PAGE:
Queer Corner: Heteronormativity at Colgate

Queer+Corner%3A+Heteronormativity+at+Colgate

Kris Pfister, Class of 2016

Have you seen those doors on campus, in Curtis Frank Dining Hall, the O’Connor Campus Center, Case Library and Reid Athletic Center? Those are the LGBTQ Coming Out Doors. Yes, they are meant to play off the “coming out of the closet” phrase. There are markers by these doors for the Colgate community to write words of support toward people who identify as Lesbian, Gay, Bisexual, Transgender or Queer. 

When a person decides to “come out,” it can be a stressful experience. Who do you tell first? What will they say? Will your friends understand and support you? Will people see you differently? What will change in your everyday life after the fact? The whole situation can make for a tense experience. These Coming Out Doors are meant to show that people are here to support each other, even if we are still strangers. That’s a pretty beautiful thing, if you ask me.

Of course, there’s the question of why people even have to “come out.” Why don’t heterosexual people come out as straight? It’s because we live in a country where heteronormativity prevails. It is typically assumed, by default, that people are straight until proven otherwise. Hence, if you do not fit within this “norm,” you are expected to go through emotional and

mental stress, make decisions on how to explain yourself and present this private information to the rest of the world. I understand that coming out is different for everyone, but it seems ridiculous that you are expected to tell the world you don’t fit the cookie cutter shape for no reason other than you don’t fit that cookie cutter shape.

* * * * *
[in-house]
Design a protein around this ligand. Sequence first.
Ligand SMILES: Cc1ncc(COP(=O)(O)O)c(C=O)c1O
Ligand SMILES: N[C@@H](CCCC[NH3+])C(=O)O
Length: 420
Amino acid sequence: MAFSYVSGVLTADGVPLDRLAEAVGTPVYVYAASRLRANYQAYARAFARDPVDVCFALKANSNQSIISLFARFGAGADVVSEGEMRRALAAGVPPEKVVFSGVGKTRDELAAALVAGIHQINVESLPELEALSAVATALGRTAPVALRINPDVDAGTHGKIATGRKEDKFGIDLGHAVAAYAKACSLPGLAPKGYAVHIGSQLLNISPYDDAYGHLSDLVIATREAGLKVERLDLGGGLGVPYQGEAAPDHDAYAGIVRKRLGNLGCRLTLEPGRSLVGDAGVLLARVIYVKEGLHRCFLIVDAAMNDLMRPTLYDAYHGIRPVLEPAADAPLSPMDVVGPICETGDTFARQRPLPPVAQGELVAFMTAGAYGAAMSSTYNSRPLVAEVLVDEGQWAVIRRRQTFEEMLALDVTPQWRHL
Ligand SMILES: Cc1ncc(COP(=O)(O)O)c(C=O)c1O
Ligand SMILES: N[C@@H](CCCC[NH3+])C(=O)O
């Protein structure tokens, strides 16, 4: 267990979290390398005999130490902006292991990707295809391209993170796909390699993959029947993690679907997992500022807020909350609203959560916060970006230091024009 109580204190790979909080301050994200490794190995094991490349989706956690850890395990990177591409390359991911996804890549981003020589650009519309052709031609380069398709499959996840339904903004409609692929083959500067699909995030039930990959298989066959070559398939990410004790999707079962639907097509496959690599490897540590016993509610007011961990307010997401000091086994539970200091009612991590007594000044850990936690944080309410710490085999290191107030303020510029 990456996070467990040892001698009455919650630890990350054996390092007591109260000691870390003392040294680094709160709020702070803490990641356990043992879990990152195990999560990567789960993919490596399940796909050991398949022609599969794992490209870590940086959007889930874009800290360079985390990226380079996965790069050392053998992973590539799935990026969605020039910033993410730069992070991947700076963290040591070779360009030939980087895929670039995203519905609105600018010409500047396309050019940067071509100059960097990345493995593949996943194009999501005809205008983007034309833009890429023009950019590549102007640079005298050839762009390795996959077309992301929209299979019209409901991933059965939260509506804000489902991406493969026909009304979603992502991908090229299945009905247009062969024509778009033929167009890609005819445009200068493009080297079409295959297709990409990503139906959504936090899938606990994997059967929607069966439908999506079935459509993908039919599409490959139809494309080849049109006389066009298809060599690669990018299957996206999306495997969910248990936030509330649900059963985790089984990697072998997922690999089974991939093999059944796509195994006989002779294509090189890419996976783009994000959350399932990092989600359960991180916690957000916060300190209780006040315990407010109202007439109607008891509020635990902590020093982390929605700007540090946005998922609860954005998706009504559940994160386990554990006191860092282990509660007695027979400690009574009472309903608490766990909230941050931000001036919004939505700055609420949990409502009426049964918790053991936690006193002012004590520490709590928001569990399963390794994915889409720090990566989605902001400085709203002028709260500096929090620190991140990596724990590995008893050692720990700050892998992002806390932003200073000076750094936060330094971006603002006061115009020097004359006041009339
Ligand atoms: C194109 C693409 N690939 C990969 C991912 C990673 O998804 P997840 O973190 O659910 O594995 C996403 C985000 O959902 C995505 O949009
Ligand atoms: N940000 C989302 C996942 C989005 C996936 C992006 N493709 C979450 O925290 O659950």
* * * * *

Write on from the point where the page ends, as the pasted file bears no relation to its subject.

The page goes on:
Coming out is stressful, no matter what kind of support you have. Even if everything goes perfectly, you are still revealing a deep part of who you are to your friends and family. Some people are better about it than others, some people face more obstacles based on their cultural background and some people never “come out,” instead only mentioning their orientation on a whim in

casual conversation.

Even the term “coming out” is traumatic for some people. Another phrase I’ve heard is “coming to terms,” which implies more of an understanding of what is/was already oneself rather than a newfound discovery made public. It really depends on the person and what they prefer, though the most common term is still “coming out.” Again, I’m frustrated by the fact that coming out has to be a thing. It would be so much easier if we were like puzzles: you couldn’t even guess at what we are until you find and arrange most of the pieces together. Alas, that’s not how the world works.

So go out and write some love on those big white doors on campus. Show your support for the community. Keep in mind that one of the best things you can do for someone you know who is coming out is to be there for support. 

Sometimes one of the most encouraging things is just knowing someone is there for you. National Coming Out Day is October 11, so come show some love and support the LGBTQ community.